By Mark Vitale
Arizona Daily Wildcat
Here's some trivia to get the brain rolling. Godzilla, that big, green Japanese monster who likes to smash things, turns 40 this year.
Godzilla was created in 1954 for the movie "Godzilla, King of Monsters." As the story goes, Godzilla was born in a nuclear test gone wrong, after which he proceded to destroy Tokyo. Since then, Godzilla has appeared in 20 films sparring against such foes as King Kong ("King Kong vs. Godzilla," 1963), pollution ("Godzilla vs. the Smog Monster," 1972) and a huge cockroach ("Godzilla vs. Megalon," 1975).
Godzilla was orginally a symbol of post WWII Japan's nuclear nightmare. But recently the character has shed much of that symbolism and reverted to basic smash 'n' trash techniques.
The original Godzilla movies were very popular Ä about 10 million people saw "King of Monsters" in Japan alone. More recent movies (such as "Godzilla vs. Megalon") have been less popular, only attracting about 2 million.
What do UA students think about Godzilla? Well, for starters, no one realized that Godzilla had been around for 40 years.
Sixty percent of students informally polled said that they liked Godzilla. As Jana Marvel, a pre-med sophomore put it, "He's a cool dude Ä ANY guy with that many scales (is a favorite of mine)."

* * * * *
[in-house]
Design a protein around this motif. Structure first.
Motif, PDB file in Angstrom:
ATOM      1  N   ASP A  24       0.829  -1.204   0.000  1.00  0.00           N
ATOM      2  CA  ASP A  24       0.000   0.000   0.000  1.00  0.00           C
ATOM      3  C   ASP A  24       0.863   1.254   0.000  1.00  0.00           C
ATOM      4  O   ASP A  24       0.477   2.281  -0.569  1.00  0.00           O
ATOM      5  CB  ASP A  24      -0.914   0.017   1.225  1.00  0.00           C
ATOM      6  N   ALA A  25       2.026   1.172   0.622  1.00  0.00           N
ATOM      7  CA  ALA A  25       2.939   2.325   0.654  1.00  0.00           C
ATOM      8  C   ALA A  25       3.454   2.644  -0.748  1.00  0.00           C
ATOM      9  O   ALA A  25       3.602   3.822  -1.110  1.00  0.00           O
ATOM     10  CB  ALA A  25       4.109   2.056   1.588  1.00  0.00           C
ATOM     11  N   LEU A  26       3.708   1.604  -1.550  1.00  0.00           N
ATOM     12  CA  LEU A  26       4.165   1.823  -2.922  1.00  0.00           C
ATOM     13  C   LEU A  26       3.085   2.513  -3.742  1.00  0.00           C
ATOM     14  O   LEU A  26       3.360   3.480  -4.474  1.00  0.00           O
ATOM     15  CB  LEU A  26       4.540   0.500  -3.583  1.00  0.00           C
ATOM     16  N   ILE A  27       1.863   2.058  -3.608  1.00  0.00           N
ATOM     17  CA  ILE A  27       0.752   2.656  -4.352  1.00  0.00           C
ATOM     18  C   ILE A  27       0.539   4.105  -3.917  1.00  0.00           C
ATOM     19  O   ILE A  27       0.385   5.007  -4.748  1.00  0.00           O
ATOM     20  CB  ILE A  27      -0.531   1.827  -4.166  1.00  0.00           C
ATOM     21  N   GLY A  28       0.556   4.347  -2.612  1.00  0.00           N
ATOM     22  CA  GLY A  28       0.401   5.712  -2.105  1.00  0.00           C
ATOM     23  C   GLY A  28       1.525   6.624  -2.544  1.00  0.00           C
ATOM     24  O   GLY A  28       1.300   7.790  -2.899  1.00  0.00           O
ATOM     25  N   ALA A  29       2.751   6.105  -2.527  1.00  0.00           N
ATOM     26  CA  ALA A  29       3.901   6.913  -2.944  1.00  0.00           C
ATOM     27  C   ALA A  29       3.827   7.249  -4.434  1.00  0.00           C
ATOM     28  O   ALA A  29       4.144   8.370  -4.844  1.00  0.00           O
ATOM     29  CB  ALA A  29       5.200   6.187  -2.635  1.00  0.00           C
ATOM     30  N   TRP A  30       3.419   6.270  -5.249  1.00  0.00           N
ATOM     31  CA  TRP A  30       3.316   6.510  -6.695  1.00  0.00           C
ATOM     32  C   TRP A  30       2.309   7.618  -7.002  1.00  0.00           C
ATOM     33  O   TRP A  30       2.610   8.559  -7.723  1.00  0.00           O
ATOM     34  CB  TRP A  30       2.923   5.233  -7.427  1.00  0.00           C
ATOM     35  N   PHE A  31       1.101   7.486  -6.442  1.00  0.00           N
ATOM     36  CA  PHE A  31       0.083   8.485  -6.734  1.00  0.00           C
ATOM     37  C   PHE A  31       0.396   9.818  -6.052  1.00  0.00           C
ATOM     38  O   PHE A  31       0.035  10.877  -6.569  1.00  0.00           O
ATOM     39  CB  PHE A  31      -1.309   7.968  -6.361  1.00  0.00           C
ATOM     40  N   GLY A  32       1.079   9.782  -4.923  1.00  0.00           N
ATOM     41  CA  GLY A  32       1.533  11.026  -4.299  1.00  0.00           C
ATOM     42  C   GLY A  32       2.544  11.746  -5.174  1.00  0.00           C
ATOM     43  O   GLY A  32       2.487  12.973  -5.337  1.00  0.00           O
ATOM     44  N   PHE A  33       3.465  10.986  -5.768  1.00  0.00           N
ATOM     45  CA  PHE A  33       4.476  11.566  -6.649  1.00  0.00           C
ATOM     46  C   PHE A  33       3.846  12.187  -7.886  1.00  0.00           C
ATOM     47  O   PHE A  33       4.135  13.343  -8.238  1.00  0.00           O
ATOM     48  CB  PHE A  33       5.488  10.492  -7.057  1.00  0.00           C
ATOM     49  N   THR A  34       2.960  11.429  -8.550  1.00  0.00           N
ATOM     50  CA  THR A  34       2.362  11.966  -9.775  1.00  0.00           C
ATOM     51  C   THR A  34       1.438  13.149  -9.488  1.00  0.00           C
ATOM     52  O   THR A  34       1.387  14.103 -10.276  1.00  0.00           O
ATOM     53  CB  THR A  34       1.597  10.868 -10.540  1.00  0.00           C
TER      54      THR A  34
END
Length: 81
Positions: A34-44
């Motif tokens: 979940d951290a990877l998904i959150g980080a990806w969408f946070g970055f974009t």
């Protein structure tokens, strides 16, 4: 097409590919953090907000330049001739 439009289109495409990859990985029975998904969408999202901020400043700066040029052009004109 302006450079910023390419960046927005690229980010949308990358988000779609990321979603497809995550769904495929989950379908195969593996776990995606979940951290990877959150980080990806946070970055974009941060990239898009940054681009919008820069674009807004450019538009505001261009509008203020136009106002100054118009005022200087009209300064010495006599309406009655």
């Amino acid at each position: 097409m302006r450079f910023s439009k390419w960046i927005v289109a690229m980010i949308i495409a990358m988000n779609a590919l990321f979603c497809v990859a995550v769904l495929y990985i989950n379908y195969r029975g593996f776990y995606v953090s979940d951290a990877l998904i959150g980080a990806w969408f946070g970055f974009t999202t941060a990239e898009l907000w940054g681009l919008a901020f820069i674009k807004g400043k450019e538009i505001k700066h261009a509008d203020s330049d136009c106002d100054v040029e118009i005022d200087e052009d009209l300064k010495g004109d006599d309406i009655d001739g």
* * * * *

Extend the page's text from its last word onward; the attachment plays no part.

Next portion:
Julie Jurgens, a junior in biochemstry, was initially unaware of who Godzilla was, but said "Godzilla would have to win Ä King Kong is a little too sensitive about things like women and he's shown it."
Students also had some thoughts as to what Godzilla should do in the future.
Patty Fesmier, a molecular and cellular biology junior, mused, "Godzilla should get a lifetime achievement award at the Oscars."
Is the Acadamy listening?
Actually, Godzilla may be arriving in Hollywood soon. According to the Associated Press, Tri-Star, a U.S. film company, bought the rights to Godzilla a few years ago and plans to make a new version of the original film.
So even though Godzilla is middle-aged, he sure hasn't retired himself.
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